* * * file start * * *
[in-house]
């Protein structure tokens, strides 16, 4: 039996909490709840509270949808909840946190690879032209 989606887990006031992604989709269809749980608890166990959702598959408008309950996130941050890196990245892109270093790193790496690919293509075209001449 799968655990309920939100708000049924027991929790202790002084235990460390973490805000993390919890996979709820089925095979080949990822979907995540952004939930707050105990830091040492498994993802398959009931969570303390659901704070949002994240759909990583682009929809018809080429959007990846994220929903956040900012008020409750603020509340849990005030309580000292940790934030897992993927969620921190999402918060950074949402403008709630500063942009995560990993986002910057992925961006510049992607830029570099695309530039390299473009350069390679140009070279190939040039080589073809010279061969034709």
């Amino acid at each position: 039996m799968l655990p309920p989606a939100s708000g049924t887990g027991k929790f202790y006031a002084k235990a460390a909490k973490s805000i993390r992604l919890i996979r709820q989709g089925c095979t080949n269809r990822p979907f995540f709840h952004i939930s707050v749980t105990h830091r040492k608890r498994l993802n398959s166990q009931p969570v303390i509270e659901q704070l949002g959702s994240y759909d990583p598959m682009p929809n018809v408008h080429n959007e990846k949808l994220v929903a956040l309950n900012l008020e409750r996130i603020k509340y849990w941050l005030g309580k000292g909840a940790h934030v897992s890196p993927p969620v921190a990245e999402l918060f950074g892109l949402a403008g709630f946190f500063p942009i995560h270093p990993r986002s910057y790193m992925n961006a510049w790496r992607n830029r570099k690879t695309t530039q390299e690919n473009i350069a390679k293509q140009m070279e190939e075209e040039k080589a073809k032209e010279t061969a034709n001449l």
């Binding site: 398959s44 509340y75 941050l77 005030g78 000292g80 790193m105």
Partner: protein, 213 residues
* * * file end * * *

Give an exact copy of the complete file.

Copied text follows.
[in-house]
């Protein structure tokens, strides 16, 4: 039996909490709840509270949808909840946190690879032209 989606887990006031992604989709269809749980608890166990959702598959408008309950996130941050890196990245892109270093790193790496690919293509075209001449 799968655990309920939100708000049924027991929790202790002084235990460390973490805000993390919890996979709820089925095979080949990822979907995540952004939930707050105990830091040492498994993802398959009931969570303390659901704070949002994240759909990583682009929809018809080429959007990846994220929903956040900012008020409750603020509340849990005030309580000292940790934030897992993927969620921190999402918060950074949402403008709630500063942009995560990993986002910057992925961006510049992607830029570099695309530039390299473009350069390679140009070279190939040039080589073809010279061969034709």
């Amino acid at each position: 039996m799968l655990p309920p989606a939100s708000g049924t887990g027991k929790f202790y006031a002084k235990a460390a909490k973490s805000i993390r992604l919890i996979r709820q989709g089925c095979t080949n269809r990822p979907f995540f709840h952004i939930s707050v749980t105990h830091r040492k608890r498994l993802n398959s166990q009931p969570v303390i509270e659901q704070l949002g959702s994240y759909d990583p598959m682009p929809n018809v408008h080429n959007e990846k949808l994220v929903a956040l309950n900012l008020e409750r996130i603020k509340y849990w941050l005030g309580k000292g909840a940790h934030v897992s890196p993927p969620v921190a990245e999402l918060f950074g892109l949402a403008g709630f946190f500063p942009i995560h270093p990993r986002s910057y790193m992925n961006a510049w790496r992607n830029r570099k690879t695309t530039q390299e690919n473009i350069a390679k293509q140009m070279e190939e075209e040039k080589a073809k032209e010279t061969a034709n001449l």
């Binding site: 398959s44 509340y75 941050l77 005030g78 000292g80 790193m105």
Partner: protein, 213 residues